Our sheik from last week, due to a mistake or perhaps to test the cunning of his children, did not leave them the entire herd, since 1/2 + 1/3 + 1/9 = 17/18, and that explains that the mullah recover his camel after giving it up so that the distribution would be possible without cutting up any animal.

As for the definition of an equation, for the first time (but I guess it won’t be the last) I’m going to give the answer of a robot, because our regular commenter pi science asked ChatGPT for it and got the following:

– An equation is a mathematical expression that establishes equality between two quantities or expressions.

– Definition in one word: equality.

– A physical simile to visualize an equation could be the scale for weighing objects. If you put the same weight on both sides of the scale, you would be establishing an equality between the weights. In the same way, in an equation, the expressions on both sides of the equals sign have the same value.

Arthur C. Clarke would cringe (he used to say that if we invented intelligent machines, it would be the last thing they would ever let us invent). In another order of things, an interesting problem circulated in the comments section last week, not suitable for anarithmetics, of which I offer a slightly simpler variant:

I have a certain number of consecutive bingo balls, starting with 1, and I see that I can group them into two groups of consecutive balls that have the same sum. How many balls do I have? (The trivial solution 3 is not valid, because although balls 1 and 2 add up to the same as 3, there are not two groups of balls, in the plural).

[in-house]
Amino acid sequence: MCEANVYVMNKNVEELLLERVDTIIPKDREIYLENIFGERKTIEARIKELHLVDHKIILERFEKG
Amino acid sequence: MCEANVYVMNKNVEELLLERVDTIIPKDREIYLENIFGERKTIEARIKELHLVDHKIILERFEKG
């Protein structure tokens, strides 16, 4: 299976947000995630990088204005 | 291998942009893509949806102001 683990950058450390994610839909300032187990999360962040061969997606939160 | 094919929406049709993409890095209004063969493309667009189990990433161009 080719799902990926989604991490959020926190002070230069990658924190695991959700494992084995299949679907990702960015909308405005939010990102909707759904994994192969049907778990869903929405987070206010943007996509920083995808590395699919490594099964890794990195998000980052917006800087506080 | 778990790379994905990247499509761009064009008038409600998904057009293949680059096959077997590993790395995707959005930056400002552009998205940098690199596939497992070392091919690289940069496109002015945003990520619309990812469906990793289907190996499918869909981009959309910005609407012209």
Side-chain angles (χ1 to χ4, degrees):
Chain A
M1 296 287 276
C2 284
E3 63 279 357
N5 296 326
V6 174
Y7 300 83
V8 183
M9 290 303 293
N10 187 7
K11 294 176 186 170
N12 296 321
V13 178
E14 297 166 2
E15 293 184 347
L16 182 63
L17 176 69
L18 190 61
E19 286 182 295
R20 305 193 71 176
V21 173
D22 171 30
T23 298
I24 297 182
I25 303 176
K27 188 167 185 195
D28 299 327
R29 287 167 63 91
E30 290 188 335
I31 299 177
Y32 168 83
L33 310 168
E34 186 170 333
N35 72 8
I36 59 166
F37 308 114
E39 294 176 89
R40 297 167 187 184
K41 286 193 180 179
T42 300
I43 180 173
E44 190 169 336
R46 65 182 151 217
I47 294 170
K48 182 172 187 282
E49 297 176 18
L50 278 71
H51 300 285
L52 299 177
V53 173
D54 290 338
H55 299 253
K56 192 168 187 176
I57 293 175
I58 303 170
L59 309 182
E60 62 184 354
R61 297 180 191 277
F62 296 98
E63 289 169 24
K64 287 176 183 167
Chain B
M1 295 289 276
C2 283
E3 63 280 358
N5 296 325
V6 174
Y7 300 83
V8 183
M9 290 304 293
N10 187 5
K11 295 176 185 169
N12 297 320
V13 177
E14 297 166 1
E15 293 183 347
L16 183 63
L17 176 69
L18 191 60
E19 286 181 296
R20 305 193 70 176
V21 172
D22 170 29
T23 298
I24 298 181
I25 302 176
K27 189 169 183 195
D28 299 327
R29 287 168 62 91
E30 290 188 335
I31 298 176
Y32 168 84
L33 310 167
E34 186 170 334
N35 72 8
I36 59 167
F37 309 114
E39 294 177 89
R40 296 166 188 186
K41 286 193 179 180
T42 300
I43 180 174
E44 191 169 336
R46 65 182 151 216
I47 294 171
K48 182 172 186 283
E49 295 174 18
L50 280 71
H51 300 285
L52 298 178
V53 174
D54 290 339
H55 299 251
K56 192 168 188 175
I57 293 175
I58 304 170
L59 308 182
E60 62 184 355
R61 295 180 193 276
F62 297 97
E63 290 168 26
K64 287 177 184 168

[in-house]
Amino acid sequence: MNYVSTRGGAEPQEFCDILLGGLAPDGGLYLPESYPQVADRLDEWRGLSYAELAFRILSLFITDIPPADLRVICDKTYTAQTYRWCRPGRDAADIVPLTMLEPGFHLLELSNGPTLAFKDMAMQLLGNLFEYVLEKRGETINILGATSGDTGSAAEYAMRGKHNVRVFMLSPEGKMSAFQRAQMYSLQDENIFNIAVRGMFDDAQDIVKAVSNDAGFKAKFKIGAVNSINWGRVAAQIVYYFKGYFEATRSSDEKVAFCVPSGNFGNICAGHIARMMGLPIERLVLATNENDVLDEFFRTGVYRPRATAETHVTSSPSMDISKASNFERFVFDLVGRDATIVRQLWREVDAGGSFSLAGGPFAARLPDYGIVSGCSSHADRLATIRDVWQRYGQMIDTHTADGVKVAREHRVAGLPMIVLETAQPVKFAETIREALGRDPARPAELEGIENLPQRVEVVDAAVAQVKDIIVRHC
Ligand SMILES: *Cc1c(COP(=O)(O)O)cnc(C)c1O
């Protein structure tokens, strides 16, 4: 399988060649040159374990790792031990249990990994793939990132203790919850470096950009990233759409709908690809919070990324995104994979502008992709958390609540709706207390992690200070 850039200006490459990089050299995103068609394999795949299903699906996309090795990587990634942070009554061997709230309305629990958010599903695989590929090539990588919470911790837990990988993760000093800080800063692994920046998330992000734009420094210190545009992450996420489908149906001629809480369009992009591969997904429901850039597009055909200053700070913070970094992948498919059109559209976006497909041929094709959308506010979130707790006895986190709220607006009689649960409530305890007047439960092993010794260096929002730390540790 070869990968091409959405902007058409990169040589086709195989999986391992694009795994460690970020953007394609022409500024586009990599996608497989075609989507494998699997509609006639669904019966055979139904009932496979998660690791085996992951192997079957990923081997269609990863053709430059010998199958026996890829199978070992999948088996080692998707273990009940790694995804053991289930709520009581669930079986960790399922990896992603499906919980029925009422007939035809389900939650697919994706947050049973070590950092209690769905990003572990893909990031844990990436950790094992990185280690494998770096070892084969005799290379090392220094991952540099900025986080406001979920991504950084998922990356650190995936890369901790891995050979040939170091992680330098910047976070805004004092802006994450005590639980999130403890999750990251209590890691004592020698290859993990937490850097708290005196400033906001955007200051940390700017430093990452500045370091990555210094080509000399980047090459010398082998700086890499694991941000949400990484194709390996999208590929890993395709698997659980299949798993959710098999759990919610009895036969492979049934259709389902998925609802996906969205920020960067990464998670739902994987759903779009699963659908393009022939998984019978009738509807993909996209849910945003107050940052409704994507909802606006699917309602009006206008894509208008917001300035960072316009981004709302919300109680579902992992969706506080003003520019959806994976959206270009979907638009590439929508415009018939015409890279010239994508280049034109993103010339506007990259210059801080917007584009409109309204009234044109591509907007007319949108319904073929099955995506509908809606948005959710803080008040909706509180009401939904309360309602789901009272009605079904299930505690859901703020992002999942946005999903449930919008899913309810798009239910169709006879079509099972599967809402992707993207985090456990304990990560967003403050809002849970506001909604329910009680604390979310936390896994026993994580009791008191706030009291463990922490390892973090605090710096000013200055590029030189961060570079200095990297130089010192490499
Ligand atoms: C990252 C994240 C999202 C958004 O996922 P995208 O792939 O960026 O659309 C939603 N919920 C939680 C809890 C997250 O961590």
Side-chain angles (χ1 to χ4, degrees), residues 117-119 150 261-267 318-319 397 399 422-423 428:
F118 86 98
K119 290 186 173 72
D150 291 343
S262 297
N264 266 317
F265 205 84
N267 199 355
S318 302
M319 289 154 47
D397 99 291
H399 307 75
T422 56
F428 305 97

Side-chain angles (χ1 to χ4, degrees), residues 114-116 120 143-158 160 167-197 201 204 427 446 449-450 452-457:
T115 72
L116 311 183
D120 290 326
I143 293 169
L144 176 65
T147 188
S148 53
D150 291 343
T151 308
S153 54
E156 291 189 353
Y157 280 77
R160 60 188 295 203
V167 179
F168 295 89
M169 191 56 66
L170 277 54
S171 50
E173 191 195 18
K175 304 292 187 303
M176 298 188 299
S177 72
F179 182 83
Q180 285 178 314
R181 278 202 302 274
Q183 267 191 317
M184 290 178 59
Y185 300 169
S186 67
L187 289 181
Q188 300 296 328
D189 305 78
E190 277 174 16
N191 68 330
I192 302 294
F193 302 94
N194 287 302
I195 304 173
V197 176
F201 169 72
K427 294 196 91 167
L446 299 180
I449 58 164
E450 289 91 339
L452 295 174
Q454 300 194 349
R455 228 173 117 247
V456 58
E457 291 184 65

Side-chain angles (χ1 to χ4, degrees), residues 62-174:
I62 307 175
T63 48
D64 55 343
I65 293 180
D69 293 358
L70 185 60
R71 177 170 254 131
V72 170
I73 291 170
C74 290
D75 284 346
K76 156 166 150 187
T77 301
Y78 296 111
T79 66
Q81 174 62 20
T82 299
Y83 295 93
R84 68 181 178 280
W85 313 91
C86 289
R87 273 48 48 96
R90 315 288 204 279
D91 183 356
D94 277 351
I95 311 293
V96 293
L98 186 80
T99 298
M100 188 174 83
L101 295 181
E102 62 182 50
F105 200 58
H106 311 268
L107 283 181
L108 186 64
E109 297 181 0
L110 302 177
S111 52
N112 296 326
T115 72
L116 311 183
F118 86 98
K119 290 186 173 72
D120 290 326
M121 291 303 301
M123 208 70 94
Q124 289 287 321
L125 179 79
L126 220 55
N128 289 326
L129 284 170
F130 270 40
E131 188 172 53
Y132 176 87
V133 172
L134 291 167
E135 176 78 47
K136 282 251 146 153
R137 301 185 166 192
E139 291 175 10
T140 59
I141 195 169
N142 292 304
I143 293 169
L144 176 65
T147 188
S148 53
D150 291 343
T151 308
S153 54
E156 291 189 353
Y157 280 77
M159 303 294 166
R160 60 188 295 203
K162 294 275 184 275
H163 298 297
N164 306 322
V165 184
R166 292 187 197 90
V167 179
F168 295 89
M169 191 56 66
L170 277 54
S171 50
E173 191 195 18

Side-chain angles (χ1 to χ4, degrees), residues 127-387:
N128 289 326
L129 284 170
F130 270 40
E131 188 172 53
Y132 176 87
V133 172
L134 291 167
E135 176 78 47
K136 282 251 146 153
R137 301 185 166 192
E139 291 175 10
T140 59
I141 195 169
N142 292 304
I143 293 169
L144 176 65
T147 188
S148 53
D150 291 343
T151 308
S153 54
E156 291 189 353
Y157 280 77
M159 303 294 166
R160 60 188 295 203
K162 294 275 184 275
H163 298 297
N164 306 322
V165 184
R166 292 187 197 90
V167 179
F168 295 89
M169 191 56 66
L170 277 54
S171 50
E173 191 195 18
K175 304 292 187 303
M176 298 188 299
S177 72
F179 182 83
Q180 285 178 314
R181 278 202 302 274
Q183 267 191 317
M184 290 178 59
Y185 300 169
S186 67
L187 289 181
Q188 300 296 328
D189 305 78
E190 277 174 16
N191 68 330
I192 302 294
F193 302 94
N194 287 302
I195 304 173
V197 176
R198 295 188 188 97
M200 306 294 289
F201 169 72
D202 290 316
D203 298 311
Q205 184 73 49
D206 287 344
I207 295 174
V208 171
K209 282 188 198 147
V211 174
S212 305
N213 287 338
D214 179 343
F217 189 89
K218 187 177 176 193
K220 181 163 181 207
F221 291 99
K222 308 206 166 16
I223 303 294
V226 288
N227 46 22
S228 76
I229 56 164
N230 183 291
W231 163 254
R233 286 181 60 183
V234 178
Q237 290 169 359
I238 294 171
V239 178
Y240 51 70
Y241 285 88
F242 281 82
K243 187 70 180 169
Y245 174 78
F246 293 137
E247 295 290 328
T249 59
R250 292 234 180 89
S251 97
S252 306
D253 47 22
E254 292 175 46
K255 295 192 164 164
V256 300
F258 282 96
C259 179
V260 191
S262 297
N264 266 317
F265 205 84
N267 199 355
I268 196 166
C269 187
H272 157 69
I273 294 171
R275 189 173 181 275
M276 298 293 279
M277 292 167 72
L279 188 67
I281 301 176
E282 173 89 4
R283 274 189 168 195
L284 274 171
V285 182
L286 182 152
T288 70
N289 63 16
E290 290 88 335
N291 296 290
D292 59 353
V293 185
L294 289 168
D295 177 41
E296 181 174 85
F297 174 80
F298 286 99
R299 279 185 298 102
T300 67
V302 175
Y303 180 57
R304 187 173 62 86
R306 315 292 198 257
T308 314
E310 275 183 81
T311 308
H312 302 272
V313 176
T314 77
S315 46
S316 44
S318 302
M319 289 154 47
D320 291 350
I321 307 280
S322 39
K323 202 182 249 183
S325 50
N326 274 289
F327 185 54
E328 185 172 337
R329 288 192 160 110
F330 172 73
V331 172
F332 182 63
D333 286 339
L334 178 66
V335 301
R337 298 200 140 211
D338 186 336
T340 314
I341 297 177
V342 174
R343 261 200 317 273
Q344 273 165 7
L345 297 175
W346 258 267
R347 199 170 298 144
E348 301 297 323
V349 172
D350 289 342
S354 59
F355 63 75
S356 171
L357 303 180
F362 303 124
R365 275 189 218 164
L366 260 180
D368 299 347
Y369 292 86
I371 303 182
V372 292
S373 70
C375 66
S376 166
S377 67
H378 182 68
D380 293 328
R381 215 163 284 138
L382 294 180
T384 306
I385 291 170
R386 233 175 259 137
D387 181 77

### Pell’s equation

“Say, mathematician, what is the square that multiplied by 8 becomes, together with the unit, another square?”

If you find it, you will have solved a famous problem posed by the Indian mathematician Bhaskara in the seventh century. A problem that, with the current notation, we would express as follows: 8y² + 1 = x² , that is, x² – 8y² = 1, which is a Pell equation (named after the 17th century English mathematician John Pell), whose general form is x² – ny²= 1.

A thousand years before Bhaskara, Archimedes had already studied this type of equations in relation to the so-called “cattle problem” or “Sun herd problem”, which reads as follows:

In the herd of the Sun god there are white, black, spotted and brown bulls, and cows of the same four types.

The number of white bulls is half and one third of the blacks plus the browns.

The number of black bulls is equal to a quarter plus a fifth of the spotted ones plus the brown ones.

The number of spotted bulls is equal to one sixth plus one seventh of the whites plus the browns.

The number of white cows is equal to one third plus one fourth of the sum of the black bulls and the black cows.

The number of black cows is equal to one quarter plus one fifth of the sum of the spotted bulls plus the spotted cows.

The number of spotted cows is equal to one fifth plus one sixth of the sum of the brown bulls plus the brown cows.

The number of brown cows is equal to the sixth plus the seventh part of the sum of the white bulls plus the white cows.

The sum of the black and white tori is a square number (ie a perfect square).

The sum of the speckled and brown tori is a triangular number (ie, of the form n(n+1)/2).

It seems that the problem was raised by Archimedes to his friend Eratosthenes, and it is not easy. Don’t try to figure it out by trial and error, for, as befits a god’s herd, there are several million cattle of each type.

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